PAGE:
• Technology transfer and licensing, start-up creation: The classic knowledge transfer strategy.

  • Entrepreneurship promotion: Promoting entrepreneurial skills and offering incubation services to young graduates.

  • Continuous education and consulting: Several professors and experts working at the university are teaching dedicated courses on improving the productivity of companies, providing consulting services or advising companies on research or new market opportunities. The university has created the figure of the “extension professor” who interacts on a frequent basis with companies for education and research activities. The university also provides consulting services to other universities in the Latin-American region on how to develop continuous education.

The institute was founded in 1946, by a group of companies led by MIT alumni, who understood the influence of MIT on the productive apparatus of the country. After 15 years, it has gained success in the region of Monterrey and has seen its campuses multiply since then, with several campuses located throughout the country. The co-ordination of these activities takes place at the central level and is subsequently adapted for every region. At times, the university’s management board has taken the initiative to open a campus to take advantage of a local cluster (such as in Mexico City) and in others, the university responds to the demand of local entrepreneurs who offer financial support to open a new campus (Puebla, Querétaro).

The programmes and strategic knowledge transfer priorities are defined centrally within the vice-rectory for continuous education, the vice-rectory for research and knowledge transfer, and then each campus adapts the strategy to the local conditions, to the request of the city or the local companies. Every incubator is tailored to respond to the needs of local companies. For example, the campus located in Mexico City has a technology transfer strategy oriented to the needs of the technological companies. The north of Mexico is very industrial whereas the south is rich in natural resources and the local campuses adapt to the local needs.

The university plays a significant role within its surrounding ecosystem. For example, the DistritoTec initiative in Monterrey, led by the Tecnológico de Monterrey– Campus Monterrey, involves the transformation of the 20-kilometre urban radius surrounding the campus as a comprehensive “innovation district”, introducing an economic model supported by high technology firms and innovation-based activities, together with infrastructure designed for a high quality of life. The ambition is for this campus to become a source of urban regeneration. The university has also helped the government with the creation of 14 technological parks over the past 14 years. Additionally, the university has undertaken a number of other regional initiatives:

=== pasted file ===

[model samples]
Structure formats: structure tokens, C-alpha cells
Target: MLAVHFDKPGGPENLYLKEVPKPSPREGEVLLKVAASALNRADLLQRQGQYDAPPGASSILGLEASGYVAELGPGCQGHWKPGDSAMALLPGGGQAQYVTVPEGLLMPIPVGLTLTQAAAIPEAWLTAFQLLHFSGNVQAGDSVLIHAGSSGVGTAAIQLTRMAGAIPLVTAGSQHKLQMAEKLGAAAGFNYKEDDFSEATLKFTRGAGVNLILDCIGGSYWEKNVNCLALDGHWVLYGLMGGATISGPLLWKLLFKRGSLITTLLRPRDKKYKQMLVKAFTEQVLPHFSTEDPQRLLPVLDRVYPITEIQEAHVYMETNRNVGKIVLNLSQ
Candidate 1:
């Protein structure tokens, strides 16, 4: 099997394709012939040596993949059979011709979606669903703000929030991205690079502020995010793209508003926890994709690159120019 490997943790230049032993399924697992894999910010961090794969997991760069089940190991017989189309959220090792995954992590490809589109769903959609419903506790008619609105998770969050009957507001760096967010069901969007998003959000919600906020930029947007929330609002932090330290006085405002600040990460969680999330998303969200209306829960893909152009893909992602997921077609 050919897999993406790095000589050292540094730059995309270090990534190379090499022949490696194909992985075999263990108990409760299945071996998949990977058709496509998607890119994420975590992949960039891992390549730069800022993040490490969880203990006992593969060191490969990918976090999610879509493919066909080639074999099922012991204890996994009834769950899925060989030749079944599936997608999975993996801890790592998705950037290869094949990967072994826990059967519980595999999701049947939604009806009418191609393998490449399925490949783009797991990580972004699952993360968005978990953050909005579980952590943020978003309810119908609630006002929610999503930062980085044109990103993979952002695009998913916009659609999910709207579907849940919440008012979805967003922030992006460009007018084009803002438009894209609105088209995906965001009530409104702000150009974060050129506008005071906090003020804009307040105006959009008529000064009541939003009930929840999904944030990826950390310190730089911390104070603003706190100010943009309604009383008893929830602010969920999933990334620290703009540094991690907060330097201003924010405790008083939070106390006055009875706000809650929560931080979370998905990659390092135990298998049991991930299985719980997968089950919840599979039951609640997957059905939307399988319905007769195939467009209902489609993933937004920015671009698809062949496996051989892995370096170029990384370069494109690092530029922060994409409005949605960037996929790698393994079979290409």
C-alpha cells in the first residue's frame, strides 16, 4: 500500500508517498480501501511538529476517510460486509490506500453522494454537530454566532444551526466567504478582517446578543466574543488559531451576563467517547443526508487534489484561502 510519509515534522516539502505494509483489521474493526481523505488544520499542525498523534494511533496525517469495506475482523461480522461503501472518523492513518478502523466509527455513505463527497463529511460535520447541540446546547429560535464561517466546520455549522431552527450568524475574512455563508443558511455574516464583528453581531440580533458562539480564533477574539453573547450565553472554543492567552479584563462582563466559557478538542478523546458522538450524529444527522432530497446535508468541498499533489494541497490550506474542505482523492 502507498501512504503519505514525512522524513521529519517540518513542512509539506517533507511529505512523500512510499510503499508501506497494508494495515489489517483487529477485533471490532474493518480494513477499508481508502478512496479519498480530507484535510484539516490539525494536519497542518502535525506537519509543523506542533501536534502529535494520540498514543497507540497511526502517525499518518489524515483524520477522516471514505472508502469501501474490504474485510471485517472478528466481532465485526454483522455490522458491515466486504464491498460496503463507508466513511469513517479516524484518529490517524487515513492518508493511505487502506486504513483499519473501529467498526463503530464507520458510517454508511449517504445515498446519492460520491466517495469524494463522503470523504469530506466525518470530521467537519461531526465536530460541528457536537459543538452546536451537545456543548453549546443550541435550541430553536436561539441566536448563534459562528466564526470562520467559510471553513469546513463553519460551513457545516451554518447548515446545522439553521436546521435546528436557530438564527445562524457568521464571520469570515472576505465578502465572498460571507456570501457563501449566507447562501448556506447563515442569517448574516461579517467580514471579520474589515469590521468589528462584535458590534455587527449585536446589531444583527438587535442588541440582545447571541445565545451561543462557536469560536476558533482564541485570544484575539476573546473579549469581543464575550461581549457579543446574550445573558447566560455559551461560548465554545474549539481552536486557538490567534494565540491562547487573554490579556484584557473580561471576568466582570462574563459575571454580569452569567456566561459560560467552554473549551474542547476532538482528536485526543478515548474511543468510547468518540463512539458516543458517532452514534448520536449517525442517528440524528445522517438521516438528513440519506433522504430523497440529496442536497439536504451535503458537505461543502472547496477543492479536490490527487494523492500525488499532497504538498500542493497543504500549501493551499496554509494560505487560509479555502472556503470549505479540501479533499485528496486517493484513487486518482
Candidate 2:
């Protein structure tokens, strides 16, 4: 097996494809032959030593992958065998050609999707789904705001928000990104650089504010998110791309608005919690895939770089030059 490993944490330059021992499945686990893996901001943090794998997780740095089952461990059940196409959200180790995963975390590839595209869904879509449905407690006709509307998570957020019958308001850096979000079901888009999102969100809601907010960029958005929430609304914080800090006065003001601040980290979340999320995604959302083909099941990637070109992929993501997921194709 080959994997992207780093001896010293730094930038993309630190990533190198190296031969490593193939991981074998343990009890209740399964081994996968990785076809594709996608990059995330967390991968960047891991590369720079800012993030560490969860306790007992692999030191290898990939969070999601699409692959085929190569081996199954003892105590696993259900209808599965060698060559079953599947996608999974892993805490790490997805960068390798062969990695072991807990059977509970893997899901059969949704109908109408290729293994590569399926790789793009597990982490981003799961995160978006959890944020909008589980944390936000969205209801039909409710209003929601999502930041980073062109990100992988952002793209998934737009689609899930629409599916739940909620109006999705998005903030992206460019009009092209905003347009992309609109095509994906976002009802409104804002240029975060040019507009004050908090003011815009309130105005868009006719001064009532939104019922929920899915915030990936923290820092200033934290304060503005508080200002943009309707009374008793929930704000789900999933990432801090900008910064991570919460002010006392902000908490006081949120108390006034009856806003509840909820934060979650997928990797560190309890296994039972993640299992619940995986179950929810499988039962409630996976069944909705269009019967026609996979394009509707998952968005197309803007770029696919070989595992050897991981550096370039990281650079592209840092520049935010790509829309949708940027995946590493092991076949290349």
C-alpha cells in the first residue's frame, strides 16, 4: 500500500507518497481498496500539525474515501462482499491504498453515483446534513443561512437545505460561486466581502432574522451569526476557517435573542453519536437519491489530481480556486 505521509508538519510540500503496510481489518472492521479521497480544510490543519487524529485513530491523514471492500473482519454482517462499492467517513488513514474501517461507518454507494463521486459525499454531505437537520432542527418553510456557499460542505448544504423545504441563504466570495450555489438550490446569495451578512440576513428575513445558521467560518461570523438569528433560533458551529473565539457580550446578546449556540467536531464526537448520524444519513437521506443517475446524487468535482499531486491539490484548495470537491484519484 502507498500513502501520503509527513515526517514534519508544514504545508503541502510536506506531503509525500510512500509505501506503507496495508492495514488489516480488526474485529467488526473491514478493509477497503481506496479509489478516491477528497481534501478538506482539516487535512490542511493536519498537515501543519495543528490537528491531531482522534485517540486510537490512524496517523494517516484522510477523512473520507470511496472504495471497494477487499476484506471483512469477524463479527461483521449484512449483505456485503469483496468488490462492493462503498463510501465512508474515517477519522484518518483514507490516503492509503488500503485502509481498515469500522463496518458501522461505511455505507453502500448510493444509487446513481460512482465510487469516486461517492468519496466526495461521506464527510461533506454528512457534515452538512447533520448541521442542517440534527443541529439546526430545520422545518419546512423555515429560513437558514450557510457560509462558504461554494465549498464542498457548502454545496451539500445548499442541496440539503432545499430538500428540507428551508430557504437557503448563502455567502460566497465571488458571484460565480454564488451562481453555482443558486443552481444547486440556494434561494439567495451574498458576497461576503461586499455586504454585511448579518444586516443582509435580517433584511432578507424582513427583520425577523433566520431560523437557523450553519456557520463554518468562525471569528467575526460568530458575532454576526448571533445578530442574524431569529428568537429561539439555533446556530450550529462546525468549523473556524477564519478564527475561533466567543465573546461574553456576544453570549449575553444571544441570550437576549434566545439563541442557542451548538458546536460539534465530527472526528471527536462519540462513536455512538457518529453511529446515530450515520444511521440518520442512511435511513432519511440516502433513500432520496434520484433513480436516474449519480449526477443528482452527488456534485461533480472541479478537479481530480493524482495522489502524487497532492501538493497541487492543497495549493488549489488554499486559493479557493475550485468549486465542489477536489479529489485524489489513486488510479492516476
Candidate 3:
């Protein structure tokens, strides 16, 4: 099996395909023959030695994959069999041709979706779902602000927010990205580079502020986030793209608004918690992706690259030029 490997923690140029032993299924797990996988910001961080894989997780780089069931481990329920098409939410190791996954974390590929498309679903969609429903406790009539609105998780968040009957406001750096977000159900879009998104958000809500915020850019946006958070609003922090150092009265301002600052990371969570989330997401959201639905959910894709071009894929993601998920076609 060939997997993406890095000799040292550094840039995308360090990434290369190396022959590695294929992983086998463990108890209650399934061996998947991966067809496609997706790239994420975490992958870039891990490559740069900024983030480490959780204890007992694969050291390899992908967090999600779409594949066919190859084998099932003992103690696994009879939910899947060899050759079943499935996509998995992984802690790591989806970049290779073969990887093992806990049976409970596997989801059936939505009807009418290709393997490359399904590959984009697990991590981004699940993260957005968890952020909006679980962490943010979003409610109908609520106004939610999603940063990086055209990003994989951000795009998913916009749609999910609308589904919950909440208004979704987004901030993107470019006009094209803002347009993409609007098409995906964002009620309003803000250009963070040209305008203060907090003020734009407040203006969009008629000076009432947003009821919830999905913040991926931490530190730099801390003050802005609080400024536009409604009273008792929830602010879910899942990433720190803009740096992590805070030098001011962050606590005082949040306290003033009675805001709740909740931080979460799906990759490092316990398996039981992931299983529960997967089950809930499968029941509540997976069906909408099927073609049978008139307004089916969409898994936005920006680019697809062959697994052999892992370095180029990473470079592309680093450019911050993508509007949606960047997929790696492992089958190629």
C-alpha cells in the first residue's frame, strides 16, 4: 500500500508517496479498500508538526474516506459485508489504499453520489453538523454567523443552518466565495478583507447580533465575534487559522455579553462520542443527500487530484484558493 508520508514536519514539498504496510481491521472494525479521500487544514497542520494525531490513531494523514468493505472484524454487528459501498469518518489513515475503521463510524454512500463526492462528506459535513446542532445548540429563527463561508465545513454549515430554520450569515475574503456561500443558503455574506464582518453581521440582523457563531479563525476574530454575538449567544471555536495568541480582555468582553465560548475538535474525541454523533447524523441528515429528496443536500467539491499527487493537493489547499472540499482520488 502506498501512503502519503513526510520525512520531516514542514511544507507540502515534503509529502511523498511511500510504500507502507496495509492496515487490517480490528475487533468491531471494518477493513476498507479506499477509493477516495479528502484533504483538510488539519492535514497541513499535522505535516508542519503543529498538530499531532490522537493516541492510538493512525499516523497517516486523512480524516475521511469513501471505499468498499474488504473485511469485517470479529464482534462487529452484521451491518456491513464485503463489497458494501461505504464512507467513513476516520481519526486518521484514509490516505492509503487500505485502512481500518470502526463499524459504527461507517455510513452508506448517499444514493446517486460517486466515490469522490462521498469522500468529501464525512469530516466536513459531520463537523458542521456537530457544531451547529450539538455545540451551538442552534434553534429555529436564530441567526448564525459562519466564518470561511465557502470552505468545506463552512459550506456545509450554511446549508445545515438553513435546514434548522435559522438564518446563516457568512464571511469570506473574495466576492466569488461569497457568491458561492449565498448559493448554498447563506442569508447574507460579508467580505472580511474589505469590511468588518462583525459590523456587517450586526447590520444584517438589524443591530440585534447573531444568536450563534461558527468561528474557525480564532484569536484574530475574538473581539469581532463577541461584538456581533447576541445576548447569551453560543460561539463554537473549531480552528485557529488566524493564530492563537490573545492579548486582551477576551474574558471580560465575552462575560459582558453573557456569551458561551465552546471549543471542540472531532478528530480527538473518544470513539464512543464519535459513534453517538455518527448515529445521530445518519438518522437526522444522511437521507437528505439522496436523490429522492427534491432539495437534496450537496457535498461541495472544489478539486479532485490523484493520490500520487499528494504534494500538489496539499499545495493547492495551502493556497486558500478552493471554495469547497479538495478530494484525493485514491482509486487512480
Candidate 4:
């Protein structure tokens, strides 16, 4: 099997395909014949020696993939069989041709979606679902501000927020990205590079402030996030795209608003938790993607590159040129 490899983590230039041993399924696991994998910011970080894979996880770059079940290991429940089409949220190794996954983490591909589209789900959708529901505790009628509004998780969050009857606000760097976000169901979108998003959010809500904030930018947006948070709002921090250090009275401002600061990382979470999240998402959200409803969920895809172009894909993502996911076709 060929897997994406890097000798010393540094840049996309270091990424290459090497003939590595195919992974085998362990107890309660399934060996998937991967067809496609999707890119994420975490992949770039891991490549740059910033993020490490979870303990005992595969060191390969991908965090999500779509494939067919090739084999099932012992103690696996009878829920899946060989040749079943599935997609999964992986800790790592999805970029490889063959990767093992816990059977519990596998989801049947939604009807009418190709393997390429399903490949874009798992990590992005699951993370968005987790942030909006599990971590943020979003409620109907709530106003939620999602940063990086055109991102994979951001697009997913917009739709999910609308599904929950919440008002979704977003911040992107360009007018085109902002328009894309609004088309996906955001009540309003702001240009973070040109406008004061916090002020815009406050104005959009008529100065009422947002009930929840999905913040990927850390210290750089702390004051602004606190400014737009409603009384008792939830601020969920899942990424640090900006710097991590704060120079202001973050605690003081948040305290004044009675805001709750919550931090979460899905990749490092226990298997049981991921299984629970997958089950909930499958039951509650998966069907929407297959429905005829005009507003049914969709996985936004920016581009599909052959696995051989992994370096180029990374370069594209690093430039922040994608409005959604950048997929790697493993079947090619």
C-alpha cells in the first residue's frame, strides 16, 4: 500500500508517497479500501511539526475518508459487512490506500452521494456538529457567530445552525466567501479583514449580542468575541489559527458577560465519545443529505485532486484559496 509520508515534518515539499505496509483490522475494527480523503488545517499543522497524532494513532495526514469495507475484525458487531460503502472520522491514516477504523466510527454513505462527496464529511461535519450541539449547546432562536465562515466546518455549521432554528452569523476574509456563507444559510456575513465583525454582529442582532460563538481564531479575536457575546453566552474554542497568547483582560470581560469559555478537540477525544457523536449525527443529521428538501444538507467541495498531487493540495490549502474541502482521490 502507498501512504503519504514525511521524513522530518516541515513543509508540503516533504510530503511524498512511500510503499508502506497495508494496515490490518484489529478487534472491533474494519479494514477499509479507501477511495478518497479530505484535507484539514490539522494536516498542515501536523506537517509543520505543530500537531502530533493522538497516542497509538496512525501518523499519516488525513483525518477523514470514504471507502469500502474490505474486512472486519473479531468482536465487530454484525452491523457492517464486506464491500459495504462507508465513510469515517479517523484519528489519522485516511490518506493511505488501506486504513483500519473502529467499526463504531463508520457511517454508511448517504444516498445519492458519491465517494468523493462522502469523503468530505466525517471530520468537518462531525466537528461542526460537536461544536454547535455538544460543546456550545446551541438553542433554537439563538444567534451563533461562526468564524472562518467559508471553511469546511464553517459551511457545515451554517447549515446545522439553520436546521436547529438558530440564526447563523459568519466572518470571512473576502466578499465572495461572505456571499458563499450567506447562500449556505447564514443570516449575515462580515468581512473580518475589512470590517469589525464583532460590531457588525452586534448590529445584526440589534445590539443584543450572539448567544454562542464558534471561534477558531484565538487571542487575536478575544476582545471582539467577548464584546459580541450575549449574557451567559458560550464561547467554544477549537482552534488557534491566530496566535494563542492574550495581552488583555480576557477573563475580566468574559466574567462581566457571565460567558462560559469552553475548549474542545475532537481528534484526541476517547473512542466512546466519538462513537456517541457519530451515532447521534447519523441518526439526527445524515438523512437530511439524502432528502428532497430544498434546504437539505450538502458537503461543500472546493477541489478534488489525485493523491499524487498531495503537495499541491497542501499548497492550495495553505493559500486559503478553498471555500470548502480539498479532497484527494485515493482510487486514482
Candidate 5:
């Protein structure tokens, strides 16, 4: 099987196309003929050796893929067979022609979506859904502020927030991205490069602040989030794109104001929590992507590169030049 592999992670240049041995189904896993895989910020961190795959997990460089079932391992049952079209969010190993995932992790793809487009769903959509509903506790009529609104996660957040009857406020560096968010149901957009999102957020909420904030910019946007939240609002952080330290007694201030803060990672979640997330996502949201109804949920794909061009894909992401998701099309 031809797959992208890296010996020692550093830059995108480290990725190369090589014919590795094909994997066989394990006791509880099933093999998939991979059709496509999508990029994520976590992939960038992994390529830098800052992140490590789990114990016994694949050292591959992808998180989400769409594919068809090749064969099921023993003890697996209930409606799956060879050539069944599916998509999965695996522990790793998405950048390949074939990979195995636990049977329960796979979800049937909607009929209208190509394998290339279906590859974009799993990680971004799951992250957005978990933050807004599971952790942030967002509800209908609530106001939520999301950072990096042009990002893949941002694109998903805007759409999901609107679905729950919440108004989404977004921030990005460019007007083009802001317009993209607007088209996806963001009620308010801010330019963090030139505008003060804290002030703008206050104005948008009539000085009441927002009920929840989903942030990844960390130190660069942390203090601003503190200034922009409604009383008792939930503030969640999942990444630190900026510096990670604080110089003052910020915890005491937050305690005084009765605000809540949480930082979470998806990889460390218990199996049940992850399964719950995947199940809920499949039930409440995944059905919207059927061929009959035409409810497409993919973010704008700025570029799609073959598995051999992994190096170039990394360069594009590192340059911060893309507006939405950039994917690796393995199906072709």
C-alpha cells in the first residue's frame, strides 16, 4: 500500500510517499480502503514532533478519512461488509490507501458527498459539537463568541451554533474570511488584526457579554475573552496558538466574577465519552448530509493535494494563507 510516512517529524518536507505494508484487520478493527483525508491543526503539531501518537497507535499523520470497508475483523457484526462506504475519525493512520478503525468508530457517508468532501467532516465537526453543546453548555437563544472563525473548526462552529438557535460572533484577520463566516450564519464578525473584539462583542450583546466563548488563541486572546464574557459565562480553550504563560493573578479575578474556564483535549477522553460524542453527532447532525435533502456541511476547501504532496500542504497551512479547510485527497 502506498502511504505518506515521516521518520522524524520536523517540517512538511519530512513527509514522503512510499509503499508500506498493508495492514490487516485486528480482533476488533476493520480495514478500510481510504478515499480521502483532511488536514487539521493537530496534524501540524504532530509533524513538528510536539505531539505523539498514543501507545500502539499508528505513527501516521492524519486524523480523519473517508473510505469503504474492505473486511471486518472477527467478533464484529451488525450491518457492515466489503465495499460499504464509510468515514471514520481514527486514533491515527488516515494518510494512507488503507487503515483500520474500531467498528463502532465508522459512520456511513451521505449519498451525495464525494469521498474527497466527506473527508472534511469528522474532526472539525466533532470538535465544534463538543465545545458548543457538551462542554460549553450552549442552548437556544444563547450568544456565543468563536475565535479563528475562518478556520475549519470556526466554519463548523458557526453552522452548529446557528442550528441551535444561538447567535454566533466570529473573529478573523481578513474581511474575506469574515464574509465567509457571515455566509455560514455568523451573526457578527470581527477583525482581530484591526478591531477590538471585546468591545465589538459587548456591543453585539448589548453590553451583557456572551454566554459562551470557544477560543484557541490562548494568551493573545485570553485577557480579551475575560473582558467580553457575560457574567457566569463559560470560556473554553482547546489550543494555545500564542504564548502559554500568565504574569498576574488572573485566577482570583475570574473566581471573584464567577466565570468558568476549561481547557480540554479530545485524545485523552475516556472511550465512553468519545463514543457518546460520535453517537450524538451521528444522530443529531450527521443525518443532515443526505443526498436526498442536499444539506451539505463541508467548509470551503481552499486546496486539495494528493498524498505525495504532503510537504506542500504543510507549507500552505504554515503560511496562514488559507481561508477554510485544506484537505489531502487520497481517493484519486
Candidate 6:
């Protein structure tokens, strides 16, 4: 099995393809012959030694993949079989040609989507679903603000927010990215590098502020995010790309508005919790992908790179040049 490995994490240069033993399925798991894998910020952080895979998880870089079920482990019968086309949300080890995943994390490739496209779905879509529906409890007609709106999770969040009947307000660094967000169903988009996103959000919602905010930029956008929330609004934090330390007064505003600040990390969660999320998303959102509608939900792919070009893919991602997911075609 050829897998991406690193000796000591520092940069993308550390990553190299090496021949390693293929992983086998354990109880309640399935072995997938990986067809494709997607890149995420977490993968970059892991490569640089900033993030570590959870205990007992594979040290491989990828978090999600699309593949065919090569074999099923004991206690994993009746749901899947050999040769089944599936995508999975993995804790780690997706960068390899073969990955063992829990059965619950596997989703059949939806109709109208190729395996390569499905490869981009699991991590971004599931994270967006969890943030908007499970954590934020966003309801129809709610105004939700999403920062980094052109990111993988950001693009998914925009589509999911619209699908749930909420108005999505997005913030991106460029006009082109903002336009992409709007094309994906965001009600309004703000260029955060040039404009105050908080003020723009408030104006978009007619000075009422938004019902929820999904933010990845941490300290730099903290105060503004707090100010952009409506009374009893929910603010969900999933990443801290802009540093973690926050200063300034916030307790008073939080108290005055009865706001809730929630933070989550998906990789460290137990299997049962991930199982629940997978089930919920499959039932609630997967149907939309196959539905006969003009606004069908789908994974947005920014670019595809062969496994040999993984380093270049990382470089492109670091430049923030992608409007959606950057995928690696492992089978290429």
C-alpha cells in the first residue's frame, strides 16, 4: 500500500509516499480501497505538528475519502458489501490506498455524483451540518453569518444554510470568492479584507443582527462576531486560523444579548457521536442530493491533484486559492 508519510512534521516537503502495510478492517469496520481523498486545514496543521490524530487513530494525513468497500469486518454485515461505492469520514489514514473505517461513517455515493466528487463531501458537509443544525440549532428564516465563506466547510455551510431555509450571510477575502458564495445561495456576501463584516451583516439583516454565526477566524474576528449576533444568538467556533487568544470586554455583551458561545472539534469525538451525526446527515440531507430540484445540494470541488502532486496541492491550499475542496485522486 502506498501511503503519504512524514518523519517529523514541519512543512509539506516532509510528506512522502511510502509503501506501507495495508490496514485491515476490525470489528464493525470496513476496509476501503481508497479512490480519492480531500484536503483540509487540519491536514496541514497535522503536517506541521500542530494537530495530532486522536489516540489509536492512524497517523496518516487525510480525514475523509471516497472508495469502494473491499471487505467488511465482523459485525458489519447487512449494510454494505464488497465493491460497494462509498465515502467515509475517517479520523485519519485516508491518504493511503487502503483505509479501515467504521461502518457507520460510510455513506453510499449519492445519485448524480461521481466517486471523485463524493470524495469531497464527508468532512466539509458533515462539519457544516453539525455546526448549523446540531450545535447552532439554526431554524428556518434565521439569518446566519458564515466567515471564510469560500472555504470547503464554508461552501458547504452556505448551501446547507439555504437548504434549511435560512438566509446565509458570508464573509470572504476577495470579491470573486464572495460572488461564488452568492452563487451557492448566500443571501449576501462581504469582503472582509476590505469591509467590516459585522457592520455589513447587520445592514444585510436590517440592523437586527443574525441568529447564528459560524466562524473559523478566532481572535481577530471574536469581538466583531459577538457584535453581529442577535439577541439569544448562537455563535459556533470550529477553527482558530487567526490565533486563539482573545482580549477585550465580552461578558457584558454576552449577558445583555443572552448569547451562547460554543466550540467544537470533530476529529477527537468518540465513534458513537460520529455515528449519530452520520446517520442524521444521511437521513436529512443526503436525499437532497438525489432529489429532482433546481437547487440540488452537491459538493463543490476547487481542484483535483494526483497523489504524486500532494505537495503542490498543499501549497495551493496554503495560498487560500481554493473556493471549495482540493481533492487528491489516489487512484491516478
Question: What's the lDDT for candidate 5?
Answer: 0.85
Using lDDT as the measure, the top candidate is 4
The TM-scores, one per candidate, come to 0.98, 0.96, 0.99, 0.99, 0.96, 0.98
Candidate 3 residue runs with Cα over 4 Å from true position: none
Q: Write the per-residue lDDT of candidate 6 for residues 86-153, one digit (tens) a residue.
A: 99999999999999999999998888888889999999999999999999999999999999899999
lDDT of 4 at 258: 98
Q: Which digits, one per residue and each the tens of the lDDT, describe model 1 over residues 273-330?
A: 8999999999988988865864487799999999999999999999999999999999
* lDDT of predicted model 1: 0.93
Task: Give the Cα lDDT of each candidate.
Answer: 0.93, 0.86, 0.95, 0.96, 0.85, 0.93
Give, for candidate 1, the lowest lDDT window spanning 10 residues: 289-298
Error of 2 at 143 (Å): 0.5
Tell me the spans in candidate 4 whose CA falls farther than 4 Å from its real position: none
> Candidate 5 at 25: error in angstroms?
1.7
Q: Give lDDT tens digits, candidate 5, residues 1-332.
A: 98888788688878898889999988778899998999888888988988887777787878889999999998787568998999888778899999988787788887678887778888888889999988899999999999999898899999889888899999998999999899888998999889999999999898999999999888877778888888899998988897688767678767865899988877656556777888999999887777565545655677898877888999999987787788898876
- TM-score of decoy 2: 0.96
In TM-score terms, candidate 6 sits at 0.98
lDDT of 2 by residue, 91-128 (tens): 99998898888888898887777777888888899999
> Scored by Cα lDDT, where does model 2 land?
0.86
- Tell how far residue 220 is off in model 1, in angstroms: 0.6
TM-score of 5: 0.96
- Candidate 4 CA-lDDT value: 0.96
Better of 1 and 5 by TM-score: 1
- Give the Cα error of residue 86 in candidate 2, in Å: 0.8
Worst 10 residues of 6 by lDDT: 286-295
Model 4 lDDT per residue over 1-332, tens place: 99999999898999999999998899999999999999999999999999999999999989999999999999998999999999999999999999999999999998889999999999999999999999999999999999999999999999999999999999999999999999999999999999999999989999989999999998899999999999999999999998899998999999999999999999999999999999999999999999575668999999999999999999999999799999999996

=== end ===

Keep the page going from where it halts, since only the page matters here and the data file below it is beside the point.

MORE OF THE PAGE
• The campus of Querétaro works closely with the Aerospace Cluster in the state.

  • The Mexico City campus works with the health and bio-technology sectors.

  • Chihuahua campus’ technology park (Orion) is a core element of the state’s innovation strategy.

The university has introduced technology transfer indicators, which have greatly contributed to the creation of a culture of transfer. At the end of the 1990s, the intellectual production system was poor but a system to monitor patent development was progressively put in place, culminating with the university having the most patents in Mexico by 2004.

The university has also put in place incentives for professors to carry out knowledge transfer activities through the creation of the “extension professor or consultant” status for professors who conduct activities in knowledge transfer spaces. This role has been designed to be very lucrative. Other professional categories include:

  • The entrepreneurial professor, whose workload is to be partially entrepreneurial. This position is more difficult to fill as professors are expected to demonstrate results and successful ventures.

  • The research professor focused on carrying out research activities that are financed by the university or by external partners.

  • The teaching professor leads mainly on teaching activities with potentially some research alongside these.

Professors at the university are asked to choose one of these career paths and are evaluated according to the metrics attributed to their chosen career path.

The university reports that government funding for research has fluctuated over recent periods. The previous national government provided strong financial support for research activities carried out by universities. Local states are looking to fill some of this gap by putting in place strategies to increase interaction and co-operation. There are also regulatory procedures in place, which are not favourable to research activities and technology development.

The university is spread across two campuses in the state of Mexico and is made up of five faculties. Entrepreneurship and leadership priorities are set out in strategic documents and the university aims to become a leader in activities in the field of entrepreneurship activities are largely focused within the Faculty of Economics, however other faculties are also engaged in these activities. The Faculty of Economics, through the entrepreneurship centre Centro de Emprendimiento Anahuac has developed two approaches to supporting entrepreneurship:  

  • Entrepreneurship programmes and extracurricular activities.